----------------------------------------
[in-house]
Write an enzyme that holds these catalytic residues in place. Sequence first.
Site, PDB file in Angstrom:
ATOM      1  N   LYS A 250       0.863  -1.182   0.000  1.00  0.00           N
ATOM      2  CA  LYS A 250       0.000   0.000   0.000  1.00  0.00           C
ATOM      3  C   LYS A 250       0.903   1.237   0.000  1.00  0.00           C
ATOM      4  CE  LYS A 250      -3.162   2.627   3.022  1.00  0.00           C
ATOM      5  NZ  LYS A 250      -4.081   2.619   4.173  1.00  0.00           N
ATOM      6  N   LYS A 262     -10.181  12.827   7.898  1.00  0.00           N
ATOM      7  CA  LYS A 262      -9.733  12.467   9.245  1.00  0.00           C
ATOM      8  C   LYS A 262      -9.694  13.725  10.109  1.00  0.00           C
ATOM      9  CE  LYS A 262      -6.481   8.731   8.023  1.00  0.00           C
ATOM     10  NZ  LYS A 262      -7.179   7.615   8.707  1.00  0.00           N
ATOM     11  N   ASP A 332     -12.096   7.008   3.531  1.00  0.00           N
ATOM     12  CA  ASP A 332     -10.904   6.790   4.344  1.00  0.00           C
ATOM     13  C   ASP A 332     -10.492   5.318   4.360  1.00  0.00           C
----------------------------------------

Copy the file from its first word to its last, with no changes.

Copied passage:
[in-house]
Write an enzyme that holds these catalytic residues in place. Sequence first.
Site, PDB file in Angstrom:
ATOM      1  N   LYS A 250       0.863  -1.182   0.000  1.00  0.00           N
ATOM      2  CA  LYS A 250       0.000   0.000   0.000  1.00  0.00           C
ATOM      3  C   LYS A 250       0.903   1.237   0.000  1.00  0.00           C
ATOM      4  CE  LYS A 250      -3.162   2.627   3.022  1.00  0.00           C
ATOM      5  NZ  LYS A 250      -4.081   2.619   4.173  1.00  0.00           N
ATOM      6  N   LYS A 262     -10.181  12.827   7.898  1.00  0.00           N
ATOM      7  CA  LYS A 262      -9.733  12.467   9.245  1.00  0.00           C
ATOM      8  C   LYS A 262      -9.694  13.725  10.109  1.00  0.00           C
ATOM      9  CE  LYS A 262      -6.481   8.731   8.023  1.00  0.00           C
ATOM     10  NZ  LYS A 262      -7.179   7.615   8.707  1.00  0.00           N
ATOM     11  N   ASP A 332     -12.096   7.008   3.531  1.00  0.00           N
ATOM     12  CA  ASP A 332     -10.904   6.790   4.344  1.00  0.00           C
ATOM     13  C   ASP A 332     -10.492   5.318   4.360  1.00  0.00           C